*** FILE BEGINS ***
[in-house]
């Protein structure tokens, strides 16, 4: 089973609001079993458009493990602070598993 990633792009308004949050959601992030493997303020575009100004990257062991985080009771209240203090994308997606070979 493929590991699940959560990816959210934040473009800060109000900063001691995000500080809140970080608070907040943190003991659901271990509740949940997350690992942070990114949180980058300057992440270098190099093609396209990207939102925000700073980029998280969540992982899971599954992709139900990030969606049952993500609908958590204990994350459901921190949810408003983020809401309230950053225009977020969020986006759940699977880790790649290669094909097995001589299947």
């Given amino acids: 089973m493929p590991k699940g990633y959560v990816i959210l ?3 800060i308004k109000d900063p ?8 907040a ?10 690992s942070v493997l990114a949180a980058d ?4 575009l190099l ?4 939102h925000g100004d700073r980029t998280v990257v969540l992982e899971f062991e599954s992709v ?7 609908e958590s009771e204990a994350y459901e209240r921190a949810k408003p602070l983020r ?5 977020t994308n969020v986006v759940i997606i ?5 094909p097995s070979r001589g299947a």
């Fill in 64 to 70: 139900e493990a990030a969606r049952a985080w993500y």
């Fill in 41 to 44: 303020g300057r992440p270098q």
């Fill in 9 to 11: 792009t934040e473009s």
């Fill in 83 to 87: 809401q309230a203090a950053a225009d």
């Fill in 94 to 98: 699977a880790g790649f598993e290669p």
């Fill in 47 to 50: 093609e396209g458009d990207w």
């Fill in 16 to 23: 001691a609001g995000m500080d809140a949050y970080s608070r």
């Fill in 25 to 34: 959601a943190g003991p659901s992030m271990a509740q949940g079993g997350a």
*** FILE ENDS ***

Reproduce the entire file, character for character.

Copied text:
[in-house]
């Protein structure tokens, strides 16, 4: 089973609001079993458009493990602070598993 990633792009308004949050959601992030493997303020575009100004990257062991985080009771209240203090994308997606070979 493929590991699940959560990816959210934040473009800060109000900063001691995000500080809140970080608070907040943190003991659901271990509740949940997350690992942070990114949180980058300057992440270098190099093609396209990207939102925000700073980029998280969540992982899971599954992709139900990030969606049952993500609908958590204990994350459901921190949810408003983020809401309230950053225009977020969020986006759940699977880790790649290669094909097995001589299947």
């Given amino acids: 089973m493929p590991k699940g990633y959560v990816i959210l ?3 800060i308004k109000d900063p ?8 907040a ?10 690992s942070v493997l990114a949180a980058d ?4 575009l190099l ?4 939102h925000g100004d700073r980029t998280v990257v969540l992982e899971f062991e599954s992709v ?7 609908e958590s009771e204990a994350y459901e209240r921190a949810k408003p602070l983020r ?5 977020t994308n969020v986006v759940i997606i ?5 094909p097995s070979r001589g299947a």
């Fill in 64 to 70: 139900e493990a990030a969606r049952a985080w993500y």
């Fill in 41 to 44: 303020g300057r992440p270098q």
């Fill in 9 to 11: 792009t934040e473009s």
């Fill in 83 to 87: 809401q309230a203090a950053a225009d």
């Fill in 94 to 98: 699977a880790g790649f598993e290669p």
């Fill in 47 to 50: 093609e396209g458009d990207w």
């Fill in 16 to 23: 001691a609001g995000m500080d809140a949050y970080s608070r």
């Fill in 25 to 34: 959601a943190g003991p659901s992030m271990a509740q949940g079993g997350a």